BSA: With the new documentary many people will learn about a more dimensional photographer than the one they most frequently associate with the name Martha Cooper. Why is this important?
Martha Cooper: I’m often called a graffiti, street art, or hip hop photographer but I don’t put myself into those categories. I would like people to understand that the common denominator in my choice of subjects is art in everyday life. I’m always looking for examples of how people are creative in their everyday lives. Graffiti is just one of many different examples.

MARTHA: A Picture Story. A film by Selina Miles. (still from the movie)

BSA: Is there a special approach or formula that one tries to follow when making a story like this for a more general audience.
Selina Miles: I think that the interesting thing about this story, in particular, is that it explores a subculture that is so misunderstood by so many people. Everybody has seen graffiti and has an idea of what it is, but I still think that few people really understand why it exists and where it came from. There’s so many tropes and ideas about graffiti and those who practice it that are just plain wrong or oversimplify a very complex idea. It’s been an enjoyable and interesting challenge for me to unpack the facts and rules of this subculture as I see them, and step them out in a way that somebody completely new to the culture can understand and appreciate Martha’s story. 

BSA: Your photos capture a time and a moment and a technique of creation, but also often the more atmospheric and cultural energy of the street. What has drawn you time and again to capture this to share? Your own curiosity?
Martha Cooper: Not exactly. As you know, I like looking for things and collecting them. Photography is a challenging quest and taking a good photo is the reward. The nature of what I’m questing for can change according to time and place but in general, the world is more interesting to me if I have a camera. The possibility of photographing something makes me look at my surroundings with a keener eye than I would without a camera.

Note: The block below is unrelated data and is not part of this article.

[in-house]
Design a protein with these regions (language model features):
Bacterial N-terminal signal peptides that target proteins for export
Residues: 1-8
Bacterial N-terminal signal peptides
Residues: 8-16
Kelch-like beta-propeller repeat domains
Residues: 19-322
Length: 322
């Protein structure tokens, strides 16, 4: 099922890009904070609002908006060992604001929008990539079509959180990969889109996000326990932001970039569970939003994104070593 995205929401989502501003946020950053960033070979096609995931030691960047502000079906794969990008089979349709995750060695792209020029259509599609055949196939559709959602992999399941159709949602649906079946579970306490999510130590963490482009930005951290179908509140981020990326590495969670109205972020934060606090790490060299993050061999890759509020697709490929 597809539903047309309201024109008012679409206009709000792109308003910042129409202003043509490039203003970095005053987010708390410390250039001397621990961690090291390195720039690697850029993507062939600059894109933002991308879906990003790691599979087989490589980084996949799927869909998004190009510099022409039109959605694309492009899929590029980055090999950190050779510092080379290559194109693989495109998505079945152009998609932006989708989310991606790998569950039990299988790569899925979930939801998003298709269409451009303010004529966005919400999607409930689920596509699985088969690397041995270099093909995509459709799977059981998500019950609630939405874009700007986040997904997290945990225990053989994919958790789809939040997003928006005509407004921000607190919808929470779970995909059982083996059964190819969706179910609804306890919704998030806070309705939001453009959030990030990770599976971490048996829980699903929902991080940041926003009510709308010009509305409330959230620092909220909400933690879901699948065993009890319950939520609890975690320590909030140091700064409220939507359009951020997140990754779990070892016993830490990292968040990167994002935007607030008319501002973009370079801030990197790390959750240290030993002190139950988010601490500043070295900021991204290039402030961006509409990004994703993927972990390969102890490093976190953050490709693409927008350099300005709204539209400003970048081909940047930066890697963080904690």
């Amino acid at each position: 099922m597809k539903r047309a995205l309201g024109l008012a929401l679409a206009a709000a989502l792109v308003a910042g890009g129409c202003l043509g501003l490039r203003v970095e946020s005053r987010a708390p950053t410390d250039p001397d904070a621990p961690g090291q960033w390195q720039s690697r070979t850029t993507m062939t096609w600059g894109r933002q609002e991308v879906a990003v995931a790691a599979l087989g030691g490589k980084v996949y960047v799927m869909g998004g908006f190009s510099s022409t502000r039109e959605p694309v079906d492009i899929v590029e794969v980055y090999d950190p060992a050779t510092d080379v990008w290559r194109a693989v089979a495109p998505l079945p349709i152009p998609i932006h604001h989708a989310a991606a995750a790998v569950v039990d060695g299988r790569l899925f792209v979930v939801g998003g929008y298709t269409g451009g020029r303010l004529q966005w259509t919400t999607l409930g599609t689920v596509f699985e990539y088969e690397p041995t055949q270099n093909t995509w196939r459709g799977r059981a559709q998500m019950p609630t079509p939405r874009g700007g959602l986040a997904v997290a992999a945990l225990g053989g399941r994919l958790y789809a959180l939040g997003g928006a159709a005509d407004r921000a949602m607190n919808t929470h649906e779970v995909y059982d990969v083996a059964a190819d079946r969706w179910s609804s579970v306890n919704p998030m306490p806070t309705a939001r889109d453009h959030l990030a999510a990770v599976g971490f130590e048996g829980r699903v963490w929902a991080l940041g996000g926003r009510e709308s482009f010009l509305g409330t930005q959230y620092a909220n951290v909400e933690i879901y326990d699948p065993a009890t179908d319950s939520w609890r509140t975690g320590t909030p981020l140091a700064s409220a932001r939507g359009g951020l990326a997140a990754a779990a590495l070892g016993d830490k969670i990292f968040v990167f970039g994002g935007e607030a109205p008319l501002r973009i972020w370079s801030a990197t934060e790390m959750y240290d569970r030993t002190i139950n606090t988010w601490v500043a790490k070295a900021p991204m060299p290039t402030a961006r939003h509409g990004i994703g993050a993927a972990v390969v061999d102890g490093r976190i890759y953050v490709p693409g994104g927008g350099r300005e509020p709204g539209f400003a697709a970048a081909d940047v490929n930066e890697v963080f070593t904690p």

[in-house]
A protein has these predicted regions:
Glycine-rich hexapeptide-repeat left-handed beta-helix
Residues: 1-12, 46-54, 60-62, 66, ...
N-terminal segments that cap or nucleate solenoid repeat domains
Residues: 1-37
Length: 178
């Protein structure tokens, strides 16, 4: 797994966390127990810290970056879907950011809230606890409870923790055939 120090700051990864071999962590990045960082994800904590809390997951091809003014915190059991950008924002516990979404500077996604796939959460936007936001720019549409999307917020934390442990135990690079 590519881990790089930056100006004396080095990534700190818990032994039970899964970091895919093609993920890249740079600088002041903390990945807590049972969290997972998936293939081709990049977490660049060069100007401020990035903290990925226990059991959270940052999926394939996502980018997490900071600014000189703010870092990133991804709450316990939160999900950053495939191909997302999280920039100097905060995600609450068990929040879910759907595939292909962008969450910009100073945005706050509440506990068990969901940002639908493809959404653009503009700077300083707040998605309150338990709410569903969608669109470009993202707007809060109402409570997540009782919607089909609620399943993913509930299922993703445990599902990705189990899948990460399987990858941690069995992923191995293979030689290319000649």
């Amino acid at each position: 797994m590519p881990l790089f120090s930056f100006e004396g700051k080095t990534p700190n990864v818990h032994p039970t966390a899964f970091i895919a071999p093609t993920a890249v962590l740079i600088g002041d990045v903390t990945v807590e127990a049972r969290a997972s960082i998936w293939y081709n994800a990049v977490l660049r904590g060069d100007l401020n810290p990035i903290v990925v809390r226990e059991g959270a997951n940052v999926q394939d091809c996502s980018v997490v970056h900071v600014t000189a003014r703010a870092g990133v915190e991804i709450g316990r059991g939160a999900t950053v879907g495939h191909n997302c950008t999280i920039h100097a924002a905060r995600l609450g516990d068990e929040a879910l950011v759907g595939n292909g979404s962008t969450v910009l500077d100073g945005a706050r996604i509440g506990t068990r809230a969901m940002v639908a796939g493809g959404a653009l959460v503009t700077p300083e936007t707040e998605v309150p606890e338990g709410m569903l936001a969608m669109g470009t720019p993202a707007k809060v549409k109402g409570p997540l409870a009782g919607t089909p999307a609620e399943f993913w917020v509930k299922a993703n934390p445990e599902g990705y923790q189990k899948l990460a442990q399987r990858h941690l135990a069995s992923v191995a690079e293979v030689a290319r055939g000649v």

MARTHA: A Picture Story. A film by Selina Miles. (still from the movie)

BSA: Martha stood on the shoulders of feminists before her, yet blazed some paths that were very much her own – frequently without support. What is one lesson a younger person may take from Martha Cooper when they watch this movie?
Selina Miles: Marty often says that people today don’t understand what it took to survive as a freelancer in earlier decades, especially as a woman and I completely agree. It’s a common thing that you hear but it’s very true, we are lucky these days to live in a world so connected and relatively accepting of all kinds of races, ages and sexes. That being said, there’s always going to be a frontier, and I hope that young people watching Martha’s story will be inspired to push beyond that frontier in their own way, and not be held back by anybody’s expectations of who or what they should be. And do it all the time with a smile and a sense of humor! 


MARTHA: A Picture Story.

Premiering at the 2019 Tribeca Film Festival, which takes place from April 24 – May 5th. Public tickets will go on sale on Tuesday March 26 at 11am ET. Tickets are extremely limited and we recommend purchasing tickets early.

https://www.tribecafilm.com/filmguide/

https://www.tribecafilm.com/festival/tickets

Hashtags: #marthathemovie

Film Instagram: @marthathemovie

Martha Cooper Instagram: @marthacoopergram

Director’s Instagram: @selinamiles

For screening dates and locations and to purchase tickets click HERE

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Selina Miles : Wishes & Hopes for 2017

Selina Miles : Wishes & Hopes for 2017